Nearly 100 student from Canyon High School spent their Sunday morning picking up everything from water bottles and cigarette butts to towels and orange cones at the Santa Monica Beach.
The three-hour event, hosted by the school’s Eco-Chicos Environmental Club, was the fourth annual beach cleanup for the local high school.
“We like to target Santa Monica more because a lot of Santa Clarita residents actually go there and one of our philosophies is to think global act local,” said Dennis Young, an AP environmental science and biology teacher and advisor of the Eco-Chicos Environmental Club. “We met around Third Street and started there so as we walked toward the beach and the pier we picked up whatever we saw.”
With an overall goal of reducing the amount of pollutants in the ocean, the students picked up anything that was non-biodegradable and could harm marine mammals and birds.
Young said many of the students were surprised at how much trash was left along the streets and beaches in Santa Monica.
“They never really paid attention to how much trash was around, but, when you actually have to pick it up, they were surprised by the little bits around and the cigarette butts around,” Young said.
The students also felt accomplished in doing something that made a positive difference in both the community and the world.
“Gandhi once said, ‘Be the change you wish to see in the world’ and they want a cleaner planet and want a more beautiful environment and they have to be the change and get out into the environment,” Young said. “I think they were gratified of their own effort in making the community beach a cleaner place and feel like they had given their time back to volunteer to make the world a better place.”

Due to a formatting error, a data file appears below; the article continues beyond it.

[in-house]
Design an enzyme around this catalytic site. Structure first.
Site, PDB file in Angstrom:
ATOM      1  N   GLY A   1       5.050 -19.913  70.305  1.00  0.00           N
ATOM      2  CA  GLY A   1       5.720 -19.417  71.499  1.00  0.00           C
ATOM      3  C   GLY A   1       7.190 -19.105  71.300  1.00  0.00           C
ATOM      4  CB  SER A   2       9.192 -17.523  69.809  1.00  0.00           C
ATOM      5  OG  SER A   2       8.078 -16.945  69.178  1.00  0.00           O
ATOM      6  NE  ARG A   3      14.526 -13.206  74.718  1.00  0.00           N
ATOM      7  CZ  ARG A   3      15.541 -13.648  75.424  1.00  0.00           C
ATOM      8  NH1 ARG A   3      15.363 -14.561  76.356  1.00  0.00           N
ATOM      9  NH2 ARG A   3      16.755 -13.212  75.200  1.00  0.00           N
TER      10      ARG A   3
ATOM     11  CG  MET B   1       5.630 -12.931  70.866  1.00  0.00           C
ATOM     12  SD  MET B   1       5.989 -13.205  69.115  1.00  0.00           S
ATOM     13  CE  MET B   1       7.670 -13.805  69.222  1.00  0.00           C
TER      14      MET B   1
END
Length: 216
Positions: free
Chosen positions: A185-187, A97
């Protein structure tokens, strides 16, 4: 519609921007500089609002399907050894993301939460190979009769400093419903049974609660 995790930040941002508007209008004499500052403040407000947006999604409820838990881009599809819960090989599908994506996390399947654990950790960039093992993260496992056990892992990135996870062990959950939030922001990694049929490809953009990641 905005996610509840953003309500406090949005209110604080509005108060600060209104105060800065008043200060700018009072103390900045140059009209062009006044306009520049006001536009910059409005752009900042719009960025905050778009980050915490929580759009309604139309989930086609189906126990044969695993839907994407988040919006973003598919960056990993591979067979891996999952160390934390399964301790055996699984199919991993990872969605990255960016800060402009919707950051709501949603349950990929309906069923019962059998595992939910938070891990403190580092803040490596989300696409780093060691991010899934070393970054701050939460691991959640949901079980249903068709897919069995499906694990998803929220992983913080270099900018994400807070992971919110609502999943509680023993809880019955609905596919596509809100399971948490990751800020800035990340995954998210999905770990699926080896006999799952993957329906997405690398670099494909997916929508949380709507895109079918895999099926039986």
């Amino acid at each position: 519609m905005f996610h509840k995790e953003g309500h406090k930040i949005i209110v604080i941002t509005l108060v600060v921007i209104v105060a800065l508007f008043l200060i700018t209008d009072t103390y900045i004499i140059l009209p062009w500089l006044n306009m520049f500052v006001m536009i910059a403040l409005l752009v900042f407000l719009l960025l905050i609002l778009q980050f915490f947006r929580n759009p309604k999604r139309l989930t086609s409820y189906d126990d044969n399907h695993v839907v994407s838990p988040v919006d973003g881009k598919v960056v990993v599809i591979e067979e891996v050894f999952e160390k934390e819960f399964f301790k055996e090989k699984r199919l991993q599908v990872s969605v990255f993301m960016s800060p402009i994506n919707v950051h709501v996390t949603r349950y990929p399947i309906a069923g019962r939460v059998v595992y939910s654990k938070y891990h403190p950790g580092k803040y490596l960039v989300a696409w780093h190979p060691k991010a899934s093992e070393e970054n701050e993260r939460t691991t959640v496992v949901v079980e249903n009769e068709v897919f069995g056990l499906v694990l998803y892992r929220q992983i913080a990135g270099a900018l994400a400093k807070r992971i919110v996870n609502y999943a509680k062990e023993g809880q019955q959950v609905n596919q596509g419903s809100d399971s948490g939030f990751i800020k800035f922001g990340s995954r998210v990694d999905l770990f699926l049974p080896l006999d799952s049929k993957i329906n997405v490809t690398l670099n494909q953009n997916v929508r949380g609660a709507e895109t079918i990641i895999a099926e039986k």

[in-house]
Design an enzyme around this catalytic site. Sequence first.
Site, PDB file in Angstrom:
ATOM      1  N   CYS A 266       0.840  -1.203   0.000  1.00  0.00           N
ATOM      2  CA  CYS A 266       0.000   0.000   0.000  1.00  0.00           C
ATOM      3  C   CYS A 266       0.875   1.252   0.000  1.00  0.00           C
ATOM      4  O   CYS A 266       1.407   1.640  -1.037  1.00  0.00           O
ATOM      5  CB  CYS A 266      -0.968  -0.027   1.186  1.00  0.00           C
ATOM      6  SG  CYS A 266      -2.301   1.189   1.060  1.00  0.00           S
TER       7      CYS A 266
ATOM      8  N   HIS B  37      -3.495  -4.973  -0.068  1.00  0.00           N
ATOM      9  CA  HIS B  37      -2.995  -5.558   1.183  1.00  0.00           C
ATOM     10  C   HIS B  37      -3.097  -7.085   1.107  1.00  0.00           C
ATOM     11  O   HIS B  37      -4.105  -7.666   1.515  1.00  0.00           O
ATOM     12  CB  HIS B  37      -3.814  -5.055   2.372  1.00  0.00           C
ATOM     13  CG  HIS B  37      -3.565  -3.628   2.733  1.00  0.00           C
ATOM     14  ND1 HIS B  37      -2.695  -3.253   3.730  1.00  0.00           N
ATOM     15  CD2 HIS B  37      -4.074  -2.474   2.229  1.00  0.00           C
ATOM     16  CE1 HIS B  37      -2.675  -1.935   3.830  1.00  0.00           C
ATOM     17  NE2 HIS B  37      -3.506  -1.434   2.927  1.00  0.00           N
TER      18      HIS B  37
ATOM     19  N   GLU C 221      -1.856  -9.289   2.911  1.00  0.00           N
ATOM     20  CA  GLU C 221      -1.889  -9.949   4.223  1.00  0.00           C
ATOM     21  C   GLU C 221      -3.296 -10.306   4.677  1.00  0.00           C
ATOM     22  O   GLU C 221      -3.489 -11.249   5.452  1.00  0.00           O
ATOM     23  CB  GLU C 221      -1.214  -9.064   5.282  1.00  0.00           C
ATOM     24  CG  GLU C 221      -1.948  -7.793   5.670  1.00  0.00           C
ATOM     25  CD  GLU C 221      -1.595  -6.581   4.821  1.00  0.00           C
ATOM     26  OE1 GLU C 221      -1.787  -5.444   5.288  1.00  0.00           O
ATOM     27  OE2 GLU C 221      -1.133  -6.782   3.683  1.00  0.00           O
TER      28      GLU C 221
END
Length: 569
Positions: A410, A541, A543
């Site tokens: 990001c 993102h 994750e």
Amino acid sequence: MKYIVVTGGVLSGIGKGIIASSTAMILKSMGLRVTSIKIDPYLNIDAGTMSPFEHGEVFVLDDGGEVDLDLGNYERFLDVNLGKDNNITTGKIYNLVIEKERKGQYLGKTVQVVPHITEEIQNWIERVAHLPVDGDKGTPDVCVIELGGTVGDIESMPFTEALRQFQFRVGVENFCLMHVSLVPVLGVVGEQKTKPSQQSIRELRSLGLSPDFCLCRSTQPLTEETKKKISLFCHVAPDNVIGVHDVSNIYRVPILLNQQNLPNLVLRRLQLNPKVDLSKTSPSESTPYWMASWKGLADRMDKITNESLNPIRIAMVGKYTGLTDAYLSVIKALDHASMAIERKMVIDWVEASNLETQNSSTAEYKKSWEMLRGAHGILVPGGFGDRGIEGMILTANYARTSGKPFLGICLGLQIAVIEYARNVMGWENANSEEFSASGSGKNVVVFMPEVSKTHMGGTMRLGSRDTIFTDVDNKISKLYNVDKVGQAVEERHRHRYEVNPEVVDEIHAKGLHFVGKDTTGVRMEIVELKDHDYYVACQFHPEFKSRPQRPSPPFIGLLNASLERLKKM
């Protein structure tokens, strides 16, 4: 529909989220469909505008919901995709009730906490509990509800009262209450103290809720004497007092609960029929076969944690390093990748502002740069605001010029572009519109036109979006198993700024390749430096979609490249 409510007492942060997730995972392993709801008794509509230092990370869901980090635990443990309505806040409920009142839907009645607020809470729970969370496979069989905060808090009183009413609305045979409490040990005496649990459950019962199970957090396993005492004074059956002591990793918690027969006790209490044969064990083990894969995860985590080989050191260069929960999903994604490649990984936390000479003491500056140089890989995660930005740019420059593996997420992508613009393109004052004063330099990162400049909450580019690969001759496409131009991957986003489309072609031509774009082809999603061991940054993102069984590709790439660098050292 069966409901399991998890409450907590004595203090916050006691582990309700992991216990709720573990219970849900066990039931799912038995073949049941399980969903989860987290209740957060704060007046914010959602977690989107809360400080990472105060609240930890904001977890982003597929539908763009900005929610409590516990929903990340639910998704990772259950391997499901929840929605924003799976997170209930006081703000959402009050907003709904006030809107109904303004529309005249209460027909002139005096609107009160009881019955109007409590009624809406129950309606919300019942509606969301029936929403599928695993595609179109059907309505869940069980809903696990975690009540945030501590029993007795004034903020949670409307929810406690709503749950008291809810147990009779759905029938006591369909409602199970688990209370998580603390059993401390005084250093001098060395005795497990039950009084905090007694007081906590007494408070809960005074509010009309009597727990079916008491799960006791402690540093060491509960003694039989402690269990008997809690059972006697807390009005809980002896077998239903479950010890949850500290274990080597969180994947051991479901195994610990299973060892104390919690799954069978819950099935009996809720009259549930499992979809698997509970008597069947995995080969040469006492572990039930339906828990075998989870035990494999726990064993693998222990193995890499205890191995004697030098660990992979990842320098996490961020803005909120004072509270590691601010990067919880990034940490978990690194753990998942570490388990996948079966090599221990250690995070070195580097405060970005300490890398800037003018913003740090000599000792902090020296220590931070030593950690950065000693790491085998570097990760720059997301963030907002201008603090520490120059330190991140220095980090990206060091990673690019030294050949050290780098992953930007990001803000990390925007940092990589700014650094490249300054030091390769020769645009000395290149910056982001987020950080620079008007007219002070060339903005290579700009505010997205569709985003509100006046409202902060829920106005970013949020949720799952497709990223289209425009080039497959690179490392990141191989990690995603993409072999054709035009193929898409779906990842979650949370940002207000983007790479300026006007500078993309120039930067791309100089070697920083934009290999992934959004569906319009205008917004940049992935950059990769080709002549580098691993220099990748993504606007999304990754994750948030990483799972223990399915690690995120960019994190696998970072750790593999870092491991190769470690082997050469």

In addition to positively impacting their community, the students also saw practical applications of lessons they learned in Young’s AP Environmental Science class.
“They’re applying one of the concepts they learned called bio-magnification where toxins get magnified up the food chain,” Young said. “These toxins are consumed by plankton and invertebrates and then, as they move up the food chain, the concentration of toxins gets magnified.”
This concept of toxic magnification, or bio-magnification, can make food sources like fish deadly for birds or increase levels of mercury in seafood humans consume.
“By removing some of the trash and plastic we’re helping people as well as the marine creatures and mammals and birds,” Young said.
Young said he was proud of his students and the Eco-Chicos Environmental Club members for applying what they learned and taking action in the community.
“We are one of the only major environmental clubs in Santa Clarita that is active in engaging students to make our community a better place,” he said. “I’m proud of them, they spent three to four hours out there on Sunday morning.”
On Twitter as @_ChristinaCox_